Thursday, January 21, 2021

India’s Presidential elections

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Pranab has his nose ahead, writes AMULYA GANGULI

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For once, the Congress seems to have been able to get its act together on the presidential poll with its two possible candidates, Hamid Ansari and Pranab Mukherjee, running ahead of the rest of the pack.

However, the party itself can hardly be credited with this achievement. Instead, it is really a gift of the Bharatiya Janata Party (BJP) and, more particularly, of its leader in the Lok Sabha, Sushma Swaraj, whose gaffes have landed the principal opposition party in a mess.

Apart from confirming how the BJP’s leadership tangle remains unresolved, what the episode underlined was the party’s warped ideas on the subject of the next president. When Swaraj peremptorily and unilaterally ruled out the question of support for Ansari and Mukherjee, she was acting in accordance with the BJP’s conditioned reflexes of anti-Muslim and anti-Congress postures.

Her charge that the vice president lacked stature was laughable, especially in the context of the lacklustre background of the present president, Pratibha Patil, whose elevation five years ago had surprised and amused the political world since many outside Maharashtra didn’t even know who she was. “Pratibha who?” was the question which was asked. Since then, her tenure – though thankfully devoid of major controversies – has hardly enhanced her stature. India’s first woman president, therefore, will go down in history as something of a disappointment.

Swaraj’s assertion, therefore, that the far more distinguished Ansari lacked stature was odd, to say the least. Her objection appeared to have been based on the fact, therefore, that Ansari was a Muslim and, for the BJP, to straightaway endorse a Muslim candidate would go against the party’s grain.

Since she couldn’t state the obvious, she took a roundabout way of restating the party’s “secularism” by naming former president A.P.J. Abdul Kalam as a nominee. Kalam, of course, has enjoyed the BJP’s support in the past if only because he shares some of the party’s views of Indian history. He is also known for his scientific achievements and personal integrity. But, having already been president, it will be strange to elevate him to the post again, especially when he is now 81. What the suggestion showed, therefore, was the BJP’s bankruptcy of ideas and also how bare was its cupboard of possible Muslim candidates. And this, in the world’s second largest Muslim country.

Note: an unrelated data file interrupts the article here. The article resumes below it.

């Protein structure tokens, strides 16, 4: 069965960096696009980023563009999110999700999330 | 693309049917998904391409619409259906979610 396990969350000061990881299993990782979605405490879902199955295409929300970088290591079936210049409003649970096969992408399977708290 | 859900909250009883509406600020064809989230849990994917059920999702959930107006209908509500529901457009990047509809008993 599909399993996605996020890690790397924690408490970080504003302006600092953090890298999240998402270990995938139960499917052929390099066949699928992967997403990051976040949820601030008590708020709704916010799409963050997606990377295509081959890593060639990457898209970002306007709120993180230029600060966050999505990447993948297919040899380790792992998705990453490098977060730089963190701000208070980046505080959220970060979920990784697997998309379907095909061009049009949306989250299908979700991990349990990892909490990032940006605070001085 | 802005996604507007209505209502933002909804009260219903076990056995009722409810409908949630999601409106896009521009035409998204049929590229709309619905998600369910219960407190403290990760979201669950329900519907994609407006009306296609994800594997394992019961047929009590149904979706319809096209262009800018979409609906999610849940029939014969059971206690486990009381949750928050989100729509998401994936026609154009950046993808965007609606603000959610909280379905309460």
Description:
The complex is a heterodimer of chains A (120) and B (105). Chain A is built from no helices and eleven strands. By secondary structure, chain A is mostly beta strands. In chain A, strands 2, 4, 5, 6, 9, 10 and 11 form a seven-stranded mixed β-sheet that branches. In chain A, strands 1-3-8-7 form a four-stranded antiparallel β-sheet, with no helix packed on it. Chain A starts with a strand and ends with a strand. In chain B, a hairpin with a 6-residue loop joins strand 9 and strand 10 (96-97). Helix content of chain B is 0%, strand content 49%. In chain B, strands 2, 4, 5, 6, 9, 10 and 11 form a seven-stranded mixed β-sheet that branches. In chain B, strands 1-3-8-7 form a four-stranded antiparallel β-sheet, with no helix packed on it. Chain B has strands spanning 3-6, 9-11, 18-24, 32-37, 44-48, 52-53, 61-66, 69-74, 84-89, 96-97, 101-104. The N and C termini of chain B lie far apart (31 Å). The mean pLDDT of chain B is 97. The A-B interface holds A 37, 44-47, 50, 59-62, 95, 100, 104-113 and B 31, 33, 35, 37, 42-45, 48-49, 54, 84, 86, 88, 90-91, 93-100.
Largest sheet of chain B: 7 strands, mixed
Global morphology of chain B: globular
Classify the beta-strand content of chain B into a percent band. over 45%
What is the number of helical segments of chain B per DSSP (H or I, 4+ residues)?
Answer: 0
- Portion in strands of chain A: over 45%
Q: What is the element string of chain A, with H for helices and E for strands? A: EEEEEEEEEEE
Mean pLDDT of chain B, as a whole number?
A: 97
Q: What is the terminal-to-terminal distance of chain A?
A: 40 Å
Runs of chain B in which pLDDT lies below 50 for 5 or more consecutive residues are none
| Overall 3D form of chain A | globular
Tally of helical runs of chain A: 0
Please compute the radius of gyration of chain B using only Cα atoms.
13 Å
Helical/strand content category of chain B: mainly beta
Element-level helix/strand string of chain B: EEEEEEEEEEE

It will be unfair to deny that the Congress’ calculations in choosing Ansari have nothing to do with the Muslim angle. But it acts with long practised sophistication in these matters, born of years of accommodating Muslim dignitaries inside and outside the organisation. So from the distinguished academic Zakir Hussain to the unprepossessing Mohammed Hidayatullah, to Ansari, the Congress has nurtured individuals of varying potential as followers and admirers.

If Ansari stumbles at the last hurdle, it will be due to the habitually contrarian Mamata Banerjee, who is totting up one by one her unending opposition to the Congress’ initiatives. In Ansari’s case, it is his supposed friendliness towards the Marxists which is unacceptable to the West Bengal chief minister. If there was no other alternative, she would have wondered about the impact of her opposition to Ansari on her Muslim base in the state.

But, fortunately for her, there is an alternative in Mukherjee, who can become the country’s first Bengali president if Mamata plumps for him. And, for Mamata, it will be something for which she can claim credit back home where little is going right for her at the moment.

For the Congress, it is a Hobson’s choice. The party will dearly love to install Ansari with the next general election two years away when his elevation will enable it to mobilise Muslim support. The move will also enable it to keep some parties of the Hindi belt on its side – the Samajwadi Party, the Bahujan Samaj Party (BSP), the Rashtriya Janata Dal (RJD), and others who always wear their “secularism” on their sleeves. But the Congress is not sure whether Mukherjee’s wider acceptability – he can expect the BJP’s support as well – makes him a safer bet.

In these turbulent political times, when the Congress’ credibility is low and when it may have to run an even weaker coalition government in 2014, Mukherjee’s sharp political mind, his grasp of constitutional niceties and skills as a mediator will be of as much value inside Rashtrapati Bhavan as outside. It will also be in the fitness of things that when the young prince ascends to the throne, the old family loyalist will be there behind the scenes with his advice and consent.

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